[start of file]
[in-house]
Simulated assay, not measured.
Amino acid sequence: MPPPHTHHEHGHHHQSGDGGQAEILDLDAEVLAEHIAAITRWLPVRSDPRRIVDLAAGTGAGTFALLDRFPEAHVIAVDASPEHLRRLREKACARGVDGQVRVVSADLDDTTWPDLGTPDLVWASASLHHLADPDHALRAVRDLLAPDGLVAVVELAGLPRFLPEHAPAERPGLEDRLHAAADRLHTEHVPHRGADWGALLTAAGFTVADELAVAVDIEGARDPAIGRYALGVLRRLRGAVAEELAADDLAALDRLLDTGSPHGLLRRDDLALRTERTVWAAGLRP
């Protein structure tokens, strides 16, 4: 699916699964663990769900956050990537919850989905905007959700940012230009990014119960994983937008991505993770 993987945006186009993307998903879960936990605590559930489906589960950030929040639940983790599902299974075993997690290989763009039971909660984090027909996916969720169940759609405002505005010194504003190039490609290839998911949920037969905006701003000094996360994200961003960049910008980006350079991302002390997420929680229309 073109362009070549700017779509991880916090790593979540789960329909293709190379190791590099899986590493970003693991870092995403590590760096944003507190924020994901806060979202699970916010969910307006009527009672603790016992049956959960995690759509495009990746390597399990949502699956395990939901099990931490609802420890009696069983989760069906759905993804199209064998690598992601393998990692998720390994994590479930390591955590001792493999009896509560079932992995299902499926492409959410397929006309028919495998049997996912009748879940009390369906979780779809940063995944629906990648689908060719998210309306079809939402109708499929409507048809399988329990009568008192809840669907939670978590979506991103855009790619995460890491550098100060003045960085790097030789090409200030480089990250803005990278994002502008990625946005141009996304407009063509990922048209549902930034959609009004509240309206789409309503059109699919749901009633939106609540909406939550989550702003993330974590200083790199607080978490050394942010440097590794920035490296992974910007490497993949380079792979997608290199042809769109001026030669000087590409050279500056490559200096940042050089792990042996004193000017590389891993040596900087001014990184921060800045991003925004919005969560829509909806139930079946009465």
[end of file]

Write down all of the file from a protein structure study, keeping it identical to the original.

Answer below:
[in-house]
Simulated assay, not measured.
Amino acid sequence: MPPPHTHHEHGHHHQSGDGGQAEILDLDAEVLAEHIAAITRWLPVRSDPRRIVDLAAGTGAGTFALLDRFPEAHVIAVDASPEHLRRLREKACARGVDGQVRVVSADLDDTTWPDLGTPDLVWASASLHHLADPDHALRAVRDLLAPDGLVAVVELAGLPRFLPEHAPAERPGLEDRLHAAADRLHTEHVPHRGADWGALLTAAGFTVADELAVAVDIEGARDPAIGRYALGVLRRLRGAVAEELAADDLAALDRLLDTGSPHGLLRRDDLALRTERTVWAAGLRP
């Protein structure tokens, strides 16, 4: 699916699964663990769900956050990537919850989905905007959700940012230009990014119960994983937008991505993770 993987945006186009993307998903879960936990605590559930489906589960950030929040639940983790599902299974075993997690290989763009039971909660984090027909996916969720169940759609405002505005010194504003190039490609290839998911949920037969905006701003000094996360994200961003960049910008980006350079991302002390997420929680229309 073109362009070549700017779509991880916090790593979540789960329909293709190379190791590099899986590493970003693991870092995403590590760096944003507190924020994901806060979202699970916010969910307006009527009672603790016992049956959960995690759509495009990746390597399990949502699956395990939901099990931490609802420890009696069983989760069906759905993804199209064998690598992601393998990692998720390994994590479930390591955590001792493999009896509560079932992995299902499926492409959410397929006309028919495998049997996912009748879940009390369906979780779809940063995944629906990648689908060719998210309306079809939402109708499929409507048809399988329990009568008192809840669907939670978590979506991103855009790619995460890491550098100060003045960085790097030789090409200030480089990250803005990278994002502008990625946005141009996304407009063509990922048209549902930034959609009004509240309206789409309503059109699919749901009633939106609540909406939550989550702003993330974590200083790199607080978490050394942010440097590794920035490296992974910007490497993949380079792979997608290199042809769109001026030669000087590409050279500056490559200096940042050089792990042996004193000017590389891993040596900087001014990184921060800045991003925004919005969560829509909806139930079946009465």